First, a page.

The Northern Cricket Frog (Acris crepitans) is a species of small Hylid frog native to the United States and northeastern Mexico. Despite being members of the tree frog family, they are not arboreal. There are three recognized subspecies.
The Northern Cricket Frogs is one of North America's two smallest vertebrates, ranging from 0.75 to 1.5 inches (19–38 mm) long. Their dorsal coloration varies widely, and includes greys, greens, browns, often in irregular blotching patterns. One NY biologist has identified 6 distinct colour morphs and 4 pattern morphs, and several intrergrades between these.(Westerveld,1977). Typically there is dark banding on the legs and a white bar from the eye to base of foreleg. The skin has a bumpy texture. It is very similar to the Southern Cricket Frog, Acris gryllus, found in the US Southeastern Coastal Plain, though there is some overlap along the fall line. The Southern Cricket Frog has longer legs, with less webbing on the hind feet, and a more pointed snout; Northern Cricket Frogs have been observed with snouts indistinguishable from those of the Southern species (Westerveld, 1998). The line on the back of its thigh is typically more sharply defined than that of the Northern Cricket Frog (Conant et al. 1998, Martof et al. 1980). Biologists have recorded Northern Cricket Frogs in the northern fringes of their range with extremely sharp posterior leg stripes.
Northern cricket frogs are diurnal and generally active much of the year, except in mid-winter in northern areas when the water is frozen. Their primary diet is small insects, including mosquitos. They in turn are predated upon by a number of species, including birds, fish, and other frogs. To escape predators, they are capable of leaping up to 6 feet in a single jump and are excellent swimmers.
Breeding generally occurs from May through July. The males call from emergent vegetation with a high pitched, short, pebble-like call which is repeated at an increasing rate. the sound suggests pebbles being clicked together, much like a cricket, hence the name. One egg is laid at a time and generally attached to a piece of vegetation. The 0.5 inch (14 mm) tadpoles hatch in only a few days and undergo metamorphosis in early fall. Maturity is usually reached in less than a year.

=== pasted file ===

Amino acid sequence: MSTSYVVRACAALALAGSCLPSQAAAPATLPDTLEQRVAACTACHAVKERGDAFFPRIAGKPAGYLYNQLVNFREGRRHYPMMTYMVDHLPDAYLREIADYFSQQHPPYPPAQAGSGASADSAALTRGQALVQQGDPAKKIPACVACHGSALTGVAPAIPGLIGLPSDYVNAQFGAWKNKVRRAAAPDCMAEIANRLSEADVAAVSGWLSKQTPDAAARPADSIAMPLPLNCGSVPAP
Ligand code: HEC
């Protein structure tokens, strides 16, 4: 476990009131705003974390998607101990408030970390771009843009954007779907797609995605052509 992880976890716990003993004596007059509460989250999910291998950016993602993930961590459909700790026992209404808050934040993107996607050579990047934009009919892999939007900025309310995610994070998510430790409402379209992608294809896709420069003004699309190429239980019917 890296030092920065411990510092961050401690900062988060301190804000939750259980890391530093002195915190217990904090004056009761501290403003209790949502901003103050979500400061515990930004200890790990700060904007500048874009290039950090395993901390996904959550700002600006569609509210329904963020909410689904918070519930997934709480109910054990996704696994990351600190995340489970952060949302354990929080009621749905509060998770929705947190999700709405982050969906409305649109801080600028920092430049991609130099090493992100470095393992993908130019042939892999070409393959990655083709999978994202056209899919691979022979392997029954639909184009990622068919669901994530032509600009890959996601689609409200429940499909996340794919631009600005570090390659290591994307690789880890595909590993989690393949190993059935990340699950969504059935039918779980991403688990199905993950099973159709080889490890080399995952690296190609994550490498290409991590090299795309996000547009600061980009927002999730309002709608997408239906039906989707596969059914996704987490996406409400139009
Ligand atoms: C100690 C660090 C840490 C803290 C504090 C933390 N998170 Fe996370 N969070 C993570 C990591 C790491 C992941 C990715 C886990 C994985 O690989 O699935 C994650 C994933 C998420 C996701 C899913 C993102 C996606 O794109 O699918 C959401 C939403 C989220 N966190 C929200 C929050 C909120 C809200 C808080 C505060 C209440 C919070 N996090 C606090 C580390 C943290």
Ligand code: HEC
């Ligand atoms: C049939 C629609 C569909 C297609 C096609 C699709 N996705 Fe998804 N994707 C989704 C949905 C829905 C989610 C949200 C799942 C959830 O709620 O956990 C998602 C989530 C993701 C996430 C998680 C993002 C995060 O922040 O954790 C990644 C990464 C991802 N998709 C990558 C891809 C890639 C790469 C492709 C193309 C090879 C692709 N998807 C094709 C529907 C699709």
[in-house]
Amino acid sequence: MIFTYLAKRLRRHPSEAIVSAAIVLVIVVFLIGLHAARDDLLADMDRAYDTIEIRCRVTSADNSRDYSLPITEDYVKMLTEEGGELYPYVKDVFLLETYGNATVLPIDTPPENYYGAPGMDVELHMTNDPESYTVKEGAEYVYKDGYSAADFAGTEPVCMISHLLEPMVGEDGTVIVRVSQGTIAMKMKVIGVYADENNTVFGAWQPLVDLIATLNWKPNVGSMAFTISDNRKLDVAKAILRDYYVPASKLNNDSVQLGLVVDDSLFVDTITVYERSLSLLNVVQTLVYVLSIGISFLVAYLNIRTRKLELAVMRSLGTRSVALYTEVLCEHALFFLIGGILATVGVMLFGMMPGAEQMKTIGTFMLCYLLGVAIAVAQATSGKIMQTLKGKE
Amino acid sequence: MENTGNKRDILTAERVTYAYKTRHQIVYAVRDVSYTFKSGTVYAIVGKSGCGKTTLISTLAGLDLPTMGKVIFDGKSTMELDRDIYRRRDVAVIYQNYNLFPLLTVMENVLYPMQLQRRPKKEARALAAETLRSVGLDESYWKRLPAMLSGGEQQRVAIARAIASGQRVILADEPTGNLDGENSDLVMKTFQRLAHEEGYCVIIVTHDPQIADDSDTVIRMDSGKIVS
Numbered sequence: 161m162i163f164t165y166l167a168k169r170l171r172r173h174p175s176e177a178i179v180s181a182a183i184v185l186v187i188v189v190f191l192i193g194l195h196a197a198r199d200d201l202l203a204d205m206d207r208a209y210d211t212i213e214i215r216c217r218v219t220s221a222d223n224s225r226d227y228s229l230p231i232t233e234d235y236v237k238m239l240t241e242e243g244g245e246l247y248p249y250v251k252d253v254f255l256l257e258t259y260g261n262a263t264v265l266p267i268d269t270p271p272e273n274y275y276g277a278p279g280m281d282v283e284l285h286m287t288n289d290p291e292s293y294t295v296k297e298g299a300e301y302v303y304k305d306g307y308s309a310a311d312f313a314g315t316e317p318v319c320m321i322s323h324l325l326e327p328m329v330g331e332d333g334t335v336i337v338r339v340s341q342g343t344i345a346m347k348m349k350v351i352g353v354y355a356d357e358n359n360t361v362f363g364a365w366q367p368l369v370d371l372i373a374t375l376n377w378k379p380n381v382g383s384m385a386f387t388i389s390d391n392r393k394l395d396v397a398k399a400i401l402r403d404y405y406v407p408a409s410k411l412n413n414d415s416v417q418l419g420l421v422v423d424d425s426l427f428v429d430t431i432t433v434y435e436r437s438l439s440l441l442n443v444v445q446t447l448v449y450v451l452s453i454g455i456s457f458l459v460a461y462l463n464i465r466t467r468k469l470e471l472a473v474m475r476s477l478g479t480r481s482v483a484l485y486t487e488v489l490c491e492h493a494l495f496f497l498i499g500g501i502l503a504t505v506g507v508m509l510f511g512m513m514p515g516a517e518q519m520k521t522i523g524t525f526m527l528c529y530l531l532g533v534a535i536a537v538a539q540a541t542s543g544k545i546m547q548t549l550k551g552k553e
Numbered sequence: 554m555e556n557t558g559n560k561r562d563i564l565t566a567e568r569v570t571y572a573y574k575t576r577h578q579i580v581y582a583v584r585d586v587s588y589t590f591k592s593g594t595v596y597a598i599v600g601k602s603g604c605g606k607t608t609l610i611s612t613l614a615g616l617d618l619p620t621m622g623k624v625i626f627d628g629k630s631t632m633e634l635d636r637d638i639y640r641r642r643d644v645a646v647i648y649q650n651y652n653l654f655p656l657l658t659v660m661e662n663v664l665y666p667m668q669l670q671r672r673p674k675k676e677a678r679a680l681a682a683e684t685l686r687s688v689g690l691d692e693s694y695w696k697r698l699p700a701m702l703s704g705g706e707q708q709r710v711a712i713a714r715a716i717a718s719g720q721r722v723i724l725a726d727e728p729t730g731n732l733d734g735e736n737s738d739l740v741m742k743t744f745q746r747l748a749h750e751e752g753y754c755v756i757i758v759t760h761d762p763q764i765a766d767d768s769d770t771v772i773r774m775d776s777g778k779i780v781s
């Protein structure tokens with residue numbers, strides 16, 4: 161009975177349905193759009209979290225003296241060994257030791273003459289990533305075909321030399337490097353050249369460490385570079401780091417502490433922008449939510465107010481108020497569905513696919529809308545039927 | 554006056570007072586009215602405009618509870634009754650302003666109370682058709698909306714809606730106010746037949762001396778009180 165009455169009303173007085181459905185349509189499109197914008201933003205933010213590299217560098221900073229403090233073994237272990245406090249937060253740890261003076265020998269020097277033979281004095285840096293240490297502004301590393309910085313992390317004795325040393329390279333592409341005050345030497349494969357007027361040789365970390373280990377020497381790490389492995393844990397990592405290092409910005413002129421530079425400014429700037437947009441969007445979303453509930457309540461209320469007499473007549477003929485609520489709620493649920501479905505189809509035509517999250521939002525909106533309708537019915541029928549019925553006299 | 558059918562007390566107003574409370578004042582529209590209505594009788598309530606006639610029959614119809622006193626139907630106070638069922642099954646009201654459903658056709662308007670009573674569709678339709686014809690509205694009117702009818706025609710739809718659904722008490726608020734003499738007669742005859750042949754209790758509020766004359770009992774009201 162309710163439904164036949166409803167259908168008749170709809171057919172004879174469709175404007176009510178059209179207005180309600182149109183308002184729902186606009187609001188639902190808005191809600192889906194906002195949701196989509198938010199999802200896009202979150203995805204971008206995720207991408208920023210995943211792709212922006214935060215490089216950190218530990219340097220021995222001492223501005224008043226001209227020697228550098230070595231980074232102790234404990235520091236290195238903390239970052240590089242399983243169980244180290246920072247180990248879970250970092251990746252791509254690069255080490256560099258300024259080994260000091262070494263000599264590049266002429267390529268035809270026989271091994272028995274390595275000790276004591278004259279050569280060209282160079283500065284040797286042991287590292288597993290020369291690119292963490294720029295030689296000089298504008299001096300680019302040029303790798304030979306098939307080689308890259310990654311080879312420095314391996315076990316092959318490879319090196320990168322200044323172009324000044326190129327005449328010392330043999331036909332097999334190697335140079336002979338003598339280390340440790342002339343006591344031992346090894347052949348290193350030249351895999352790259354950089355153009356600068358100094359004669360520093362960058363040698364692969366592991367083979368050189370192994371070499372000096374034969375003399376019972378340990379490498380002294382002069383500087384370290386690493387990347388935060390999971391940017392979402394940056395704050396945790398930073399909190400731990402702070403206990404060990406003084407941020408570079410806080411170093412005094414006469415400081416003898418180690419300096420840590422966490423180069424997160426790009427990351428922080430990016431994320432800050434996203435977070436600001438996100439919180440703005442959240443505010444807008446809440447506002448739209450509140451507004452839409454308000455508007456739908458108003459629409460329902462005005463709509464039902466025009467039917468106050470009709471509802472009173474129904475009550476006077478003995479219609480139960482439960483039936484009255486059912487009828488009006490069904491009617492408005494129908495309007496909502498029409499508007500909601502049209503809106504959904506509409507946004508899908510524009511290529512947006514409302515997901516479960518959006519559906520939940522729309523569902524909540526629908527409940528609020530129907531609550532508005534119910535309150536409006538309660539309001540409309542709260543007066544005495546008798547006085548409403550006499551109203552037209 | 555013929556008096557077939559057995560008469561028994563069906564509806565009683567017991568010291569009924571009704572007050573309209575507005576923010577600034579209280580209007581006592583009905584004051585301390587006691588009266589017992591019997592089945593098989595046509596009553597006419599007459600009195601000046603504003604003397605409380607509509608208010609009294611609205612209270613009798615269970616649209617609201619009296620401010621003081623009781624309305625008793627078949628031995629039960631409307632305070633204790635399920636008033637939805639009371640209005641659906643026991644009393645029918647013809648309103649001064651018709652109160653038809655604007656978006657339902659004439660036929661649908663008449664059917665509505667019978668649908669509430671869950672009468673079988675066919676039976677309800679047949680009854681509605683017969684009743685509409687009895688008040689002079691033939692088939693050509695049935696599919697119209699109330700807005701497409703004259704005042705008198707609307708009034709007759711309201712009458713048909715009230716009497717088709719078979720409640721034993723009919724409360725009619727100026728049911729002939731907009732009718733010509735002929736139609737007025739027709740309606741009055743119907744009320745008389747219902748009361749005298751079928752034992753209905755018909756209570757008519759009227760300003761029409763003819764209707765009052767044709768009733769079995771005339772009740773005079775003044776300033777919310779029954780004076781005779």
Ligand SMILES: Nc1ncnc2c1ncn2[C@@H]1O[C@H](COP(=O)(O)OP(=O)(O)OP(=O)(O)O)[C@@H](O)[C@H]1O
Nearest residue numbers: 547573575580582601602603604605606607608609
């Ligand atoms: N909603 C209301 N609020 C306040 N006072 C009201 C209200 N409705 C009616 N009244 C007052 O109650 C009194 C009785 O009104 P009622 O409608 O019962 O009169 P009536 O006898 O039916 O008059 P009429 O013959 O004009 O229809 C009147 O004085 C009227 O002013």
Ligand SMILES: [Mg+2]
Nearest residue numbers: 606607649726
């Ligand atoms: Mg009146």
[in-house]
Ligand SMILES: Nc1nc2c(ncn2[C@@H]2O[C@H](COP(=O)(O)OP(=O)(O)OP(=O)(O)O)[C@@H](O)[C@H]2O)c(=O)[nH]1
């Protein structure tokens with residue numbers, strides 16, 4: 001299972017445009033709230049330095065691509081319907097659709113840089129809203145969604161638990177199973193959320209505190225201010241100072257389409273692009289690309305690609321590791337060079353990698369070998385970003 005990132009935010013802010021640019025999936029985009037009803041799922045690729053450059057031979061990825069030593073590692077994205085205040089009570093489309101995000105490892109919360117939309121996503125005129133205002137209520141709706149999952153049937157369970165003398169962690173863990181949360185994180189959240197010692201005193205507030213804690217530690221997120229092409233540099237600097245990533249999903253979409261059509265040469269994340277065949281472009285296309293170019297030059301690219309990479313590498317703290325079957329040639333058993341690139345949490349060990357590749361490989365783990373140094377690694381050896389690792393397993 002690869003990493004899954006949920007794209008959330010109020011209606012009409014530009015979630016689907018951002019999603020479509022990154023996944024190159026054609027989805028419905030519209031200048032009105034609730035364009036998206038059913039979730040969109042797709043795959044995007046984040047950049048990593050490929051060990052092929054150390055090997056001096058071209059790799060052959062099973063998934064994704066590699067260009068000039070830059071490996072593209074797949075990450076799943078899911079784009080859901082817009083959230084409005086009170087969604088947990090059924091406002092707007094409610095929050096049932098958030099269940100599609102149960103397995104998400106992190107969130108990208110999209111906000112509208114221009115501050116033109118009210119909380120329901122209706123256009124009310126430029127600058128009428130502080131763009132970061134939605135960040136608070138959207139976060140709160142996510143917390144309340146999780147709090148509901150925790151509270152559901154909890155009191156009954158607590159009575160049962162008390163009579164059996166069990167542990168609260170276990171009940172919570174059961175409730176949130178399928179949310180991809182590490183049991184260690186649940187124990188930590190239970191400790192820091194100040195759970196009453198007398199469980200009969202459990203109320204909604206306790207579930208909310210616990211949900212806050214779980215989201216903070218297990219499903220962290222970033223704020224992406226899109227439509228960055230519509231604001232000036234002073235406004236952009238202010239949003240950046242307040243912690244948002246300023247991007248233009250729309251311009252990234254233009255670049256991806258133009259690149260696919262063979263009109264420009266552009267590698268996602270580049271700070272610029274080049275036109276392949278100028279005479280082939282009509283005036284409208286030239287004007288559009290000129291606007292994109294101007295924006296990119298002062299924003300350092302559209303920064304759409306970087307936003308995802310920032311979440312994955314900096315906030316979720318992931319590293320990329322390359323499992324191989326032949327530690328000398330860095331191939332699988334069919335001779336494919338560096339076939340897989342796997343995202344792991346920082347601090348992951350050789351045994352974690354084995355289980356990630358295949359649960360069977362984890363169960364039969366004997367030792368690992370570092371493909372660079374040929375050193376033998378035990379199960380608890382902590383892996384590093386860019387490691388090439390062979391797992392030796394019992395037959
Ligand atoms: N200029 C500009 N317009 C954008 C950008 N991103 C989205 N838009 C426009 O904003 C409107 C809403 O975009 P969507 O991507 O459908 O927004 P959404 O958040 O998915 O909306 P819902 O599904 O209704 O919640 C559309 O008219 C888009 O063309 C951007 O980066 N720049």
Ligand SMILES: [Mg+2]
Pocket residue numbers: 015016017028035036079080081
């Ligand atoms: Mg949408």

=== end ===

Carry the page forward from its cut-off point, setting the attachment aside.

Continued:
Cricket frogs prefer the edges of slow moving, permanent bodies of water. Large groups of them can often be found together along the muddy banks of shallow streams, esp. during premigratory clustering. The Northern cricket frog has been observed to hibernate upland, often at considerable distance from water.
Frogs like the cricket frog are very important to humans as an indicator of water and general environmental quality in the areas they inhabit. Since the 1970s, populations of all amphibians have been in decline, which is largely believed to be attributable to the increase in use of fertilizers and pesticides. A. c. blanchardi is listed as a species of concern in the state of Michigan. Acris crepitans is listed as an endangered species in New York. The largest remaining population of Northern Cricket Frogs in New York State survives at Orange County's Glenmere lake/Black Meadow habitat. Biologists with the Glenmere Conservation Coalition studying the Glenmere/Black Meadow population hypothesize that chytrid fungus, responsible for some amphibian declines, to be the cause of the frog's decline at other locations, but the bi-monthly treatment of Glenmere's water, (unique to this singular Cricket Frog habitat) with the fungicide copper sulfate may in fact be helping this population avoid decline. Biologists in the Glenmere organization also consider factors such as predation by Turkey (Introduced immediately before NY's NCF decline became evident), herbicide use, and White-tail Deer (severely overpopulated in SE. NYS) over-browsing of transitional forest understory, crucial to NCF survival during their long, 1500' and farther, migration to upland hibernacula. In NY, biologists are examining a broader set of conditions which may have led to a synergistic extirpation event (Westerveld, 2007). They are also an endangered species in Minnesota.